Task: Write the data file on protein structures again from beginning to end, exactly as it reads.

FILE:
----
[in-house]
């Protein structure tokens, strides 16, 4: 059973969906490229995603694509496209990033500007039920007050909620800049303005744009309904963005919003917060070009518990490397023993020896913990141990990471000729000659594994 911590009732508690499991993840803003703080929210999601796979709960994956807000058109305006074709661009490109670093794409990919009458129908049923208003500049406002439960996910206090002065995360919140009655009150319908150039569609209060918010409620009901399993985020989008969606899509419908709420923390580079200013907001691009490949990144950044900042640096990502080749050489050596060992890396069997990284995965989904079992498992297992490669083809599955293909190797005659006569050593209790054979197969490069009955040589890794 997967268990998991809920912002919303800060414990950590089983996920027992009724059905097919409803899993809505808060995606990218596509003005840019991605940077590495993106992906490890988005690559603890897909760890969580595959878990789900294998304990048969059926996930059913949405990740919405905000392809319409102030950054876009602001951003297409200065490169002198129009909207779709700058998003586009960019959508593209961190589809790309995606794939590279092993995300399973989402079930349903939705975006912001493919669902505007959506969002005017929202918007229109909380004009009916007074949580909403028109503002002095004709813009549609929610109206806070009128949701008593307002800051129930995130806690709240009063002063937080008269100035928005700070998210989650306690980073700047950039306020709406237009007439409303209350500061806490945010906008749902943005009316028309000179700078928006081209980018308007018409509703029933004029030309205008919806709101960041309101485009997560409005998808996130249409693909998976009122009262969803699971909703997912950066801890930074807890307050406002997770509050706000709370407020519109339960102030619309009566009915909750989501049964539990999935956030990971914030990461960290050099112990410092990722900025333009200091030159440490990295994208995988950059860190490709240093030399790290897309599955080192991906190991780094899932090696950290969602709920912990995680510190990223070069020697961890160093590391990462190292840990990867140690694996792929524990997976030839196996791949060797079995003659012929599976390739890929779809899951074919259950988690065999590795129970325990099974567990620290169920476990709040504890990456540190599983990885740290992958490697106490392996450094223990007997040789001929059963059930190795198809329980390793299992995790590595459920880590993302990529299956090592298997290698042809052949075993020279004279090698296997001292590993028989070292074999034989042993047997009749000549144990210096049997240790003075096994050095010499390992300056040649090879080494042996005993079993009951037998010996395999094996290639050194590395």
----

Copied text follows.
[in-house]
């Protein structure tokens, strides 16, 4: 059973969906490229995603694509496209990033500007039920007050909620800049303005744009309904963005919003917060070009518990490397023993020896913990141990990471000729000659594994 911590009732508690499991993840803003703080929210999601796979709960994956807000058109305006074709661009490109670093794409990919009458129908049923208003500049406002439960996910206090002065995360919140009655009150319908150039569609209060918010409620009901399993985020989008969606899509419908709420923390580079200013907001691009490949990144950044900042640096990502080749050489050596060992890396069997990284995965989904079992498992297992490669083809599955293909190797005659006569050593209790054979197969490069009955040589890794 997967268990998991809920912002919303800060414990950590089983996920027992009724059905097919409803899993809505808060995606990218596509003005840019991605940077590495993106992906490890988005690559603890897909760890969580595959878990789900294998304990048969059926996930059913949405990740919405905000392809319409102030950054876009602001951003297409200065490169002198129009909207779709700058998003586009960019959508593209961190589809790309995606794939590279092993995300399973989402079930349903939705975006912001493919669902505007959506969002005017929202918007229109909380004009009916007074949580909403028109503002002095004709813009549609929610109206806070009128949701008593307002800051129930995130806690709240009063002063937080008269100035928005700070998210989650306690980073700047950039306020709406237009007439409303209350500061806490945010906008749902943005009316028309000179700078928006081209980018308007018409509703029933004029030309205008919806709101960041309101485009997560409005998808996130249409693909998976009122009262969803699971909703997912950066801890930074807890307050406002997770509050706000709370407020519109339960102030619309009566009915909750989501049964539990999935956030990971914030990461960290050099112990410092990722900025333009200091030159440490990295994208995988950059860190490709240093030399790290897309599955080192991906190991780094899932090696950290969602709920912990995680510190990223070069020697961890160093590391990462190292840990990867140690694996792929524990997976030839196996791949060797079995003659012929599976390739890929779809899951074919259950988690065999590795129970325990099974567990620290169920476990709040504890990456540190599983990885740290992958490697106490392996450094223990007997040789001929059963059930190795198809329980390793299992995790590595459920880590993302990529299956090592298997290698042809052949075993020279004279090698296997001292590993028989070292074999034989042993047997009749000549144990210096049997240790003075096994050095010499390992300056040649090879080494042996005993079993009951037998010996395999094996290639050194590395």